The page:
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Friday, October 21, 2016
Winning stories from the Thai Children's Trust writing competition
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Erin Michie won first prize in the 11-16 category of the Thai Children's Trust writing competition. James O’Donnell  won first prize in the 7-11 category. They are both really beautifully written! Award-winning children's and young adult author Tabitha Suzuma who judged the competition will be visiting Erin and James' schools to present the prizes.

The Runaway by Erin Michie

The sun is my brother, warming my skin and lighting my way. The earth is my sister, providing me with a home and the land on which I live. Each blade of grass whispers words of the past; each song bird sings a unique melody every day.

My hands, rough and calloused, swept through the waist high grass, feeling the fibres scratch against my skin until it retracted back into place. My shoulders rose as I tilted my head back and inhaled deeply, smelling the mud and sugariness of the sweet grass. I could feel the hat of the sun against my eyelids, sense the light reflecting off of my skin. This was home- not the village, not the hut which held no warmth, not with my family- standing in the middle of a field, when the sun was highest in the cloudless azure sky, with nothing but hope and faith keeping my pulse pounding.

“Bailey Bee!” I called out, opening my eyes and scanning the area; I cupped my mouth with my hands. “Bailey Bee!” A movement in my peripheral vision caught my attention, and I felt my lips curl upwards. “Bailey Bee! It’ll be dark soon; we’ve got to keep moving!”

“But we’ve only just got here!” The small figure called out from a few metres away. “And we’ve been walking for hours!”

I twisted towards Bailey, where she was crouching in the grass. I ran a hand over my forehead and squinted. “You want to make it to the city before next year, don’t you?”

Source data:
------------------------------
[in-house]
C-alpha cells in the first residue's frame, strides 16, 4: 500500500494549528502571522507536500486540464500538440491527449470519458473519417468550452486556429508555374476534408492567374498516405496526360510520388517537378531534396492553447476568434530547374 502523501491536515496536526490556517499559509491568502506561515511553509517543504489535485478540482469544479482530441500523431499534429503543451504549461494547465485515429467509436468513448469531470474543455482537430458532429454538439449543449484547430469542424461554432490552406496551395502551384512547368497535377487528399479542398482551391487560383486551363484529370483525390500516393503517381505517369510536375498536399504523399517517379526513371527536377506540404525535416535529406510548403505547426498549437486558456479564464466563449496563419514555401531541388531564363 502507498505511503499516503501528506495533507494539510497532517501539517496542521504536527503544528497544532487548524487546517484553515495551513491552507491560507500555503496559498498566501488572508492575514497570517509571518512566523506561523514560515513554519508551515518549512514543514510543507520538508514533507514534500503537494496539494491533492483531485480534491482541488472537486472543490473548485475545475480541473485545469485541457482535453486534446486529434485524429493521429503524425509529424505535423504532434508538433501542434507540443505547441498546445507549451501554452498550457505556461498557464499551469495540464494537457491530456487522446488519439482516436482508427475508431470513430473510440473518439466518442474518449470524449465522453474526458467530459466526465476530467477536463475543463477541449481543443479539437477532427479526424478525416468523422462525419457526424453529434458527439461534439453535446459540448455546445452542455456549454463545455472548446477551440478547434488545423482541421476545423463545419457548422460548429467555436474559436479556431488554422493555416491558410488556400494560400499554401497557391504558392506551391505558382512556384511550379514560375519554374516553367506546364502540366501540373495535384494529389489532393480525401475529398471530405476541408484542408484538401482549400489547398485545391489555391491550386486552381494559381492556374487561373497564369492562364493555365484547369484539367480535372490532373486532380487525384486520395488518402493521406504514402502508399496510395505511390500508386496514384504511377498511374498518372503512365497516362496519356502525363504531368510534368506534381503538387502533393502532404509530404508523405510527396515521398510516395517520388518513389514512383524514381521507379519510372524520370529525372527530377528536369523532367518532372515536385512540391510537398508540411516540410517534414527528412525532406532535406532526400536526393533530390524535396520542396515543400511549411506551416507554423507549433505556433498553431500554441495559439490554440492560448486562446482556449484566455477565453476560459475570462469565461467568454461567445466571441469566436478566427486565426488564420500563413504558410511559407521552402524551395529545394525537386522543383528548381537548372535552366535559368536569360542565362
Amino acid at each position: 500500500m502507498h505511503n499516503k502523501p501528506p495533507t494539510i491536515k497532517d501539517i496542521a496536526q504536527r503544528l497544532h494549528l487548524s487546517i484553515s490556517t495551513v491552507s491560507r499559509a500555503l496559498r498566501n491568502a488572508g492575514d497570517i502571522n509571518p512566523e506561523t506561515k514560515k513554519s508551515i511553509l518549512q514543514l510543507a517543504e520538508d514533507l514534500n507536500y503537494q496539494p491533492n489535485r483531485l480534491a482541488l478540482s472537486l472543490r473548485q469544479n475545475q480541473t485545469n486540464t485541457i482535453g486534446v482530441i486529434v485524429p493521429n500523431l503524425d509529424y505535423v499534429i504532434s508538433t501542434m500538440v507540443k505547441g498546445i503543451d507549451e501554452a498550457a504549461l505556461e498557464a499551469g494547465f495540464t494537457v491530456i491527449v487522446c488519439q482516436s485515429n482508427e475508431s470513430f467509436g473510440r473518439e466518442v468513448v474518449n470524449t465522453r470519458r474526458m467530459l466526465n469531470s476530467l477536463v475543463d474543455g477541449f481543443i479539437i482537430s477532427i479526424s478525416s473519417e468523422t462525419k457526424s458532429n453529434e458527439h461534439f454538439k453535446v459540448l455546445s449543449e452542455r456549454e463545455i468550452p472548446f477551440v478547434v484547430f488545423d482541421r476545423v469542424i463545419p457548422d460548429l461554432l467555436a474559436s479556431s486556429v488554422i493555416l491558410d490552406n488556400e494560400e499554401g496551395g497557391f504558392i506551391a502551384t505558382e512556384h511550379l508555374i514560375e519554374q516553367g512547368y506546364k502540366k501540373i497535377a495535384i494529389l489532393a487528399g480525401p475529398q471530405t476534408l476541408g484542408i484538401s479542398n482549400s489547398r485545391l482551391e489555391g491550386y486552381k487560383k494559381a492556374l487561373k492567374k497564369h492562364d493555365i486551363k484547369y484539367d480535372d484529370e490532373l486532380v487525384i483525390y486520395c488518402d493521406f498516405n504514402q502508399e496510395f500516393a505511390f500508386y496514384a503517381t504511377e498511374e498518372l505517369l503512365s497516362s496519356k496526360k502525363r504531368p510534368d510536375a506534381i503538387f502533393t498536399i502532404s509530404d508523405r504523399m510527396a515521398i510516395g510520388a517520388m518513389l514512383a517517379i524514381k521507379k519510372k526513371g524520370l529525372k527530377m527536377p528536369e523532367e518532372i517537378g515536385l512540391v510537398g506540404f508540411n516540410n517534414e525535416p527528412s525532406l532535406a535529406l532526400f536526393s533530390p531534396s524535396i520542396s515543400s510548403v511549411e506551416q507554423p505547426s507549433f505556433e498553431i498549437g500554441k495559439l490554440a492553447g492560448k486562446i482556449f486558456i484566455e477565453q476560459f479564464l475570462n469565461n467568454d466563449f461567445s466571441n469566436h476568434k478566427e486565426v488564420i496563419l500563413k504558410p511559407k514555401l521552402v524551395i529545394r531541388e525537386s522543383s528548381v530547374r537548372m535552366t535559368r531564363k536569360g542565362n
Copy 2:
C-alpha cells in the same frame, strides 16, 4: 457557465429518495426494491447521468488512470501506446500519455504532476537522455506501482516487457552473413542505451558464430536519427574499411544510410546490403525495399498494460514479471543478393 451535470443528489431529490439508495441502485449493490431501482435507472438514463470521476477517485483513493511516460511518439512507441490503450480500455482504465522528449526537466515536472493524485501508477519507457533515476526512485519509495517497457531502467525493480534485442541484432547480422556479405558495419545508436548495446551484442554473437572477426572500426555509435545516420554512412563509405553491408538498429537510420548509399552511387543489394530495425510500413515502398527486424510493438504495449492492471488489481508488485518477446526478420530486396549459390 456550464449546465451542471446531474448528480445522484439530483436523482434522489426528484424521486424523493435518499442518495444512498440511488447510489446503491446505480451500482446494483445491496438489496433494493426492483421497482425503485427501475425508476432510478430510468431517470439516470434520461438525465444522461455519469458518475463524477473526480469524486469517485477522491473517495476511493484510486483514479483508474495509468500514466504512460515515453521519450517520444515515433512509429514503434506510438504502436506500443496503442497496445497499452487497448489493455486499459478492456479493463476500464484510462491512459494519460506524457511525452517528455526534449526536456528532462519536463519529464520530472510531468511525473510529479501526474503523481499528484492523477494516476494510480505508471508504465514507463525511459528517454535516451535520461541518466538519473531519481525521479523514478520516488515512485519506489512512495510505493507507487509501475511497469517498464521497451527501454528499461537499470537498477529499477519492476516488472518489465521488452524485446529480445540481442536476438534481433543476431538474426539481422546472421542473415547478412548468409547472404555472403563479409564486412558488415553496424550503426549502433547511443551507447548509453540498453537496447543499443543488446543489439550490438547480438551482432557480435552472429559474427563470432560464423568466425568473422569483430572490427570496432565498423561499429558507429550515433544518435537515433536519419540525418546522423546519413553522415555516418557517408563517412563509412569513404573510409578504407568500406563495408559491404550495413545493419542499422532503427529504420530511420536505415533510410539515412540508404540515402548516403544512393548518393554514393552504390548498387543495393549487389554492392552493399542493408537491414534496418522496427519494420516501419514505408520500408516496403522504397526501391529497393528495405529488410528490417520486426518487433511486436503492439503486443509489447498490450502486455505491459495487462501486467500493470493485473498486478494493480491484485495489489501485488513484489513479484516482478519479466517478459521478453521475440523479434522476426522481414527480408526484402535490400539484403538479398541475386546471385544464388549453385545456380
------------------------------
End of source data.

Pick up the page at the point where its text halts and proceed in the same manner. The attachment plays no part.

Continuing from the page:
“Oh, Ollie, you know I do!” she called back out, straightening out of her crouch now and skipping towards me.

As Bailey reached me I scooped her up in one swift, and practised, motion and swung her round until she was clinging to my back like a baby monkey. Her hands wrapped themselves tightly around my neck and her legs clamped around my stomach. “Don’t you drop me, Ollie!” she warned with a carefree giggle.

“How could I ever drop my Bailey Bee?” I answered back, shuffling her a little higher before turning west and taking the first few steps to another section of a very long journey.

Making my way out of the field we had cut across, I found a footpath that looked as though it head in the right direction, west following the path of the sun. I had no shoes on, and the jagged rocks cut into my bare soles, causing me to stumble every so often. Bailey laughed and shrieked like it was the most exhilarating ride she had ever had, when she didn’t know the seriousness of this journey. She was young and would forget the sounds of people screaming when our village was raided. She would forget other significant traumas: the face of our father on his deathbed, and the emotional vacancy of our mother afterwards. Instead, by taking her to the city she would finally know what it was to have food and water.

With the body of a semi healthy sixteen year old male, I had a better storage of fat in my body, yet I was barely coping. When tales of an organisation that helped people like us passed through the village I knew what to do. Bailey was going to live a better life, whatever the cost. Her faith in me was astounding; she never once questioned why we were travelling to the city. My ever faithful Bailey Bee.

We travelled for seven more days and nights before there was any sign of the city. Bailey was the first to notice, the paths that we walked on became clearer and wider, fewer birds flew overhead as we progressed. The air gained a sort of electrifying hum, an exhilarating edge to the once smothering silence. Having only eaten what we could find in the trees or on bushes, we were both famished, my vision was waning and Bailey slept on my back most of the time.